Today I have done a little experiment with my calculator and surprised myself with the results. (No, I didn’t spell ‘BOOBS’ by typing 80085! I did that yesterday.) I’d like to show you the results of my price experiment and perhaps briefly talk about the ‘price per ml’ phenomenon that has slowly, over the course of the last year, become a slight obsession of mine. I’m going to be using the Sjal Mineral Kalla Energy Tonic as my involuntary case-study example.
Firstly, the review. Sjal say this about their skincare: “based on principles of ancient eastern medicines, using the purest eco-ingredients, integrated with the latest
western bio-technology, charged with essential precious minerals and gemstones, for the ultimate performance skincare.” It’s a luxury range of just a few (eight, I think) products, and this is the only product from the range that I’ve tried. It looks like water in a spray bottle (as do most spritzes) but apparently it’s a deep penetrating tonic that will tone the skin and protect it against pollution. It’s also supposed to ‘energise’ the skin and provide longer-lasting hydration.
Does it? Yes, I think that it does. I have been using this as a toner between cleansing and moisturising in the mornings, and a number of people (one of them my mum, granted) have commented on how radiant my skin looks. The ingredients list includes Ginseng Extract (seems to be a frequently listed ingredient in ‘energising’ products) and, interestingly, Gold and Silver. I have no idea how much Gold and Silver, but it’s definitely in there. As a toner, the tonic swept away any remnants of cleanser and made my skin feel nice and fresh before applying face cream. It was pretty soothing, even on the day that I had experienced the makeup artist from hottest hell’s fires who decided to apply her cosmetics using what felt like wire wool.
I haven’t gone on about toner that much on A Model Recommends because I’m a ‘take it or leave it’ kinda girl with toners – if there’s one about then I’ll use it to make my skin feel extra-clean and cool – but the Sjal Tonic was a pleasant addition to my skincare routine. The packaging is a bit plastic and clunky for £42, but – oh, sorry, had I not told you that bit? Yes! This Tonic is £42! Keep your hair on though, because this is where my price experiment comes in:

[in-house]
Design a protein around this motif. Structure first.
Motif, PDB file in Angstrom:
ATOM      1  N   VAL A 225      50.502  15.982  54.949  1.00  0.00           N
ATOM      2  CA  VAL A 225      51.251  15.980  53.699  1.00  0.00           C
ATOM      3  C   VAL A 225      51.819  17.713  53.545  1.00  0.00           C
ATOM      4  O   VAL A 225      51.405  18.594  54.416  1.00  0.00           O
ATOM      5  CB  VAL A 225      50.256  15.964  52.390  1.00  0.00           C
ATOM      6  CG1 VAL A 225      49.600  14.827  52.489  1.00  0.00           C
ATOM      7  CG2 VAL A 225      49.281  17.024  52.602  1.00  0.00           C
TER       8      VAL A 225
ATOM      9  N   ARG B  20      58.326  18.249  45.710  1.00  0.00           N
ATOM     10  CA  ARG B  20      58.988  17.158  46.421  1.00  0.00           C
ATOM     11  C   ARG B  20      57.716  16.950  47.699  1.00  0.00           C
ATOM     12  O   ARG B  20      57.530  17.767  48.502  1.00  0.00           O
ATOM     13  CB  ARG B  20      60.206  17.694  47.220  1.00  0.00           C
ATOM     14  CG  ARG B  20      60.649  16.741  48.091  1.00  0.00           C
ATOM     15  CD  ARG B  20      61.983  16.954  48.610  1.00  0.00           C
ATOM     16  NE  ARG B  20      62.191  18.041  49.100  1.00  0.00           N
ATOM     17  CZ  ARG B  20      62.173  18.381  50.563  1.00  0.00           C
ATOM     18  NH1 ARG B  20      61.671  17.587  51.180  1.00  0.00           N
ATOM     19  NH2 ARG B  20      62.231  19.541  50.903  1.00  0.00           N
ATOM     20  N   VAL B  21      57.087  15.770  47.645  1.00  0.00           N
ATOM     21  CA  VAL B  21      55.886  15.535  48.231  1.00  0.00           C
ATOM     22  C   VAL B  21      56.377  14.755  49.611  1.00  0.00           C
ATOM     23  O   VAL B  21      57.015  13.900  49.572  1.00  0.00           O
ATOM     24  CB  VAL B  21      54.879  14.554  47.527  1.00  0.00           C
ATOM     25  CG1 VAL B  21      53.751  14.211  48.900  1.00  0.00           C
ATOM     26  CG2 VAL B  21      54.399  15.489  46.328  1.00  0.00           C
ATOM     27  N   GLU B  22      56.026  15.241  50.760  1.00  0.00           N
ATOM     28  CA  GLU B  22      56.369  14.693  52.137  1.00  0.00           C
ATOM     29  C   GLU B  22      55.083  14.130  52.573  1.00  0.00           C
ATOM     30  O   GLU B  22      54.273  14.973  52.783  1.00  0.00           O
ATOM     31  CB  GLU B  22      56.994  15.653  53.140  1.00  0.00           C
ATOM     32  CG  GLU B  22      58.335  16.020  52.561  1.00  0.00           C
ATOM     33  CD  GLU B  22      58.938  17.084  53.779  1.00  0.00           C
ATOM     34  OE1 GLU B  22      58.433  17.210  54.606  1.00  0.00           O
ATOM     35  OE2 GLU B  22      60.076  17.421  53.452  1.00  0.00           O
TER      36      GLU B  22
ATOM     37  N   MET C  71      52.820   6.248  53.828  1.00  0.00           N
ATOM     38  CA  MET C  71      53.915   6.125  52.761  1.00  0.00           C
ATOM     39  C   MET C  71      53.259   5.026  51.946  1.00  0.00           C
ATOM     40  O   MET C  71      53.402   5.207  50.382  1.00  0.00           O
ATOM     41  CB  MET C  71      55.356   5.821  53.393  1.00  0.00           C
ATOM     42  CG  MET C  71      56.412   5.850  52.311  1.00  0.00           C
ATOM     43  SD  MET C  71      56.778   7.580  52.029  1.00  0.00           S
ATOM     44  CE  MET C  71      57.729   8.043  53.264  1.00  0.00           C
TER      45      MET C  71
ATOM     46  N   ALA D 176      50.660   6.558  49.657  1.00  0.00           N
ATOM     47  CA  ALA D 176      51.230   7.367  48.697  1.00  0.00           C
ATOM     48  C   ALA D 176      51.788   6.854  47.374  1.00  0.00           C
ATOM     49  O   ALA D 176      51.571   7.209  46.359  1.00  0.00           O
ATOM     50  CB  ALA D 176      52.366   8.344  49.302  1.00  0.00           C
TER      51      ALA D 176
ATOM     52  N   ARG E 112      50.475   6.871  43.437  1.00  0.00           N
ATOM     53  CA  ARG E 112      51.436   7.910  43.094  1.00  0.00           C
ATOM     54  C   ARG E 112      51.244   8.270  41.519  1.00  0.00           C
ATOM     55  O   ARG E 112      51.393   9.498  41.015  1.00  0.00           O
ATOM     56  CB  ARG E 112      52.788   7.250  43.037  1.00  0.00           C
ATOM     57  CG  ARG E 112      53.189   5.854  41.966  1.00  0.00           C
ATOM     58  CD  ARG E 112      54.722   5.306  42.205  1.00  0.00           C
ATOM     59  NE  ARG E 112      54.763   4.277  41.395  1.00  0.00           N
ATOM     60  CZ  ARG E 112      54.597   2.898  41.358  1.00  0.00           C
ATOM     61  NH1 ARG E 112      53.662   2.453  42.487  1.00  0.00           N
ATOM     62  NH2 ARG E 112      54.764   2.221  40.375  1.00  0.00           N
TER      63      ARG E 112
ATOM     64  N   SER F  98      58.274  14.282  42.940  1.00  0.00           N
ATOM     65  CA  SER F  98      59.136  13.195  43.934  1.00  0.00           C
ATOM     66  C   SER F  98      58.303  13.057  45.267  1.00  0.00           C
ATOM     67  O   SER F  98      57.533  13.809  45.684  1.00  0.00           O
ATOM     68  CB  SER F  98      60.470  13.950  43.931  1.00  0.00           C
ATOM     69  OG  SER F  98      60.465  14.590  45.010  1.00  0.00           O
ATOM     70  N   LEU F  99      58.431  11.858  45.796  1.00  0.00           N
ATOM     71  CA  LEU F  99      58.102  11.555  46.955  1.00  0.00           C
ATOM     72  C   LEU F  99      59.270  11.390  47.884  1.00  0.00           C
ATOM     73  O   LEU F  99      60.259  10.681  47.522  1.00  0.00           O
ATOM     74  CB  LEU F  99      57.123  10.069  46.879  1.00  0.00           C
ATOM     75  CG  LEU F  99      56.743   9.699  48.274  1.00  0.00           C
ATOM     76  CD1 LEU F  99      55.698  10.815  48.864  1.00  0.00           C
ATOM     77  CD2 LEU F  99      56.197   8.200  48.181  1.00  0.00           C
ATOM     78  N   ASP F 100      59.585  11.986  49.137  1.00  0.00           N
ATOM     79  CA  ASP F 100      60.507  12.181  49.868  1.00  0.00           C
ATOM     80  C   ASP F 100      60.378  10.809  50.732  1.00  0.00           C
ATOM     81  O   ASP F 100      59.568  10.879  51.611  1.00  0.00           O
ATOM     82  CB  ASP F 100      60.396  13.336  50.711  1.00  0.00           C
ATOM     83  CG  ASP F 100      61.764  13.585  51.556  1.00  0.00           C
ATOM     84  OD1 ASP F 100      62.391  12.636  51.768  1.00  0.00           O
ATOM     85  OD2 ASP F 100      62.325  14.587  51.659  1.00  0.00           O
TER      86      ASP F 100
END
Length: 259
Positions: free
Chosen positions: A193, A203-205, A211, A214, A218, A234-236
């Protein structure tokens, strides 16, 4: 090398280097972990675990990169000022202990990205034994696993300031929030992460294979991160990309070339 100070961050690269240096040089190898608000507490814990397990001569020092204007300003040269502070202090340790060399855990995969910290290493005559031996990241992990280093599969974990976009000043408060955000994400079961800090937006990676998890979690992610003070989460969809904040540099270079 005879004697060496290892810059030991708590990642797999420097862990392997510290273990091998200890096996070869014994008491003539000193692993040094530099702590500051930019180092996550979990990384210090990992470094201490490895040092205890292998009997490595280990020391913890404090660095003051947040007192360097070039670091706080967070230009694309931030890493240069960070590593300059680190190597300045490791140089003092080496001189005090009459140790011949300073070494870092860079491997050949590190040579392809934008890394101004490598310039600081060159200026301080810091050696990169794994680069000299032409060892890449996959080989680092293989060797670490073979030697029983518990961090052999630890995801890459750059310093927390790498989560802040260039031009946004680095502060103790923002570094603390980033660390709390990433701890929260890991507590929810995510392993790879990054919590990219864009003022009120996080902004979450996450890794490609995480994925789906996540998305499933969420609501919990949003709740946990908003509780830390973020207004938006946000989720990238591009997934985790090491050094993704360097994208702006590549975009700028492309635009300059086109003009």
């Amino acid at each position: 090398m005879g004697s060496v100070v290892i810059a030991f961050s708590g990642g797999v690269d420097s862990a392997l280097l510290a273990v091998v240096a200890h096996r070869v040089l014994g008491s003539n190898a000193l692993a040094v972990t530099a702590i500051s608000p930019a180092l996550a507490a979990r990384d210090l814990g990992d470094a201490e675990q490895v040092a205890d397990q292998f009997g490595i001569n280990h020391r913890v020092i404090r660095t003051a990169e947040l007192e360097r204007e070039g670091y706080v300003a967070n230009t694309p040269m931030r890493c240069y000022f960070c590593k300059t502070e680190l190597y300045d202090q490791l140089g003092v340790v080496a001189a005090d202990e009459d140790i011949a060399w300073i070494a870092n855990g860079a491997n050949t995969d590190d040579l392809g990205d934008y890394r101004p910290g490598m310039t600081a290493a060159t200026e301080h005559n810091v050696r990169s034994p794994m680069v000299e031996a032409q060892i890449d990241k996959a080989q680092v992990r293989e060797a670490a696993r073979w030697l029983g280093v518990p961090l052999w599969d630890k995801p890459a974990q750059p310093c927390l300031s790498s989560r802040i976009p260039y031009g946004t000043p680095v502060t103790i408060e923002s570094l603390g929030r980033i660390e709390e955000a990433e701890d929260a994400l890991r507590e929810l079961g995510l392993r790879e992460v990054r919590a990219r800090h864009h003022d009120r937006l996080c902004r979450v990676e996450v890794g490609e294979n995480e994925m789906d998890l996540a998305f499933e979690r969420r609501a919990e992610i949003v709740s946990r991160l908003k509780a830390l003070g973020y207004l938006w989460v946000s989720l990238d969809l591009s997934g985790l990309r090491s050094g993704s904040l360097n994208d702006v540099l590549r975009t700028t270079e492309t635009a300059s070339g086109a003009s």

£42 sounds outrageous for a tonic/toner/spritz but I want to compare it, ml for ml, to a few other sprays, mists and tonics on the market. Here are the ones I use on a regular basis with their price-per-ml:
Avene Spray: 6.5p per ml
Institut Esthederm Cellular Water: 15p per ml
Paul & Joe Mist: 21p per ml
Sjal Energy Tonic: 23p per ml
Caudalie Elixir: 36p per ml
Sisley Floral Spray: 43p per ml
Energys Elixir: 52p per ml
Interesting, no? Not the most expensive – under half the price of the Energys spray, in fact! The Sjal is in a humungous 180ml bottle, and it’s definitely got a nice list of ingredients. I really do like it – it would possibly be better for sales if it was sold in a 100ml bottle for £23 rather than 180ml for £42, but Sjal doesn’t make any apologies with its pricing; it’s a premium, luxury brand and that is that. I found my ml-for-ml experiment quite exciting (hello?! Is anyone still reading? Anyone?) and I have been using it to compare quite a few bits and pieces recently. It can be especially enlightening when comparing moisturiser or eye cream prices; the difference between a 10ml and 15ml tube can make a whole world of difference. Say you had two eye creams, one was £28 and the other £20, you’d naturally consider the £20 to be a much better deal. But if the £20 was a 10ml and the £28 was a 15ml, the prices per ml are about the same. The £28 cream would actually work out to be slightly cheaper!
Right. I think that I have bored you enough with maths for today! If you’d like to try the Energy Tonic for yourself, it’s on Zuneta HERE – I’ll be keeping a look out for more surprising ‘price-per-ml’ examples for you in the future!
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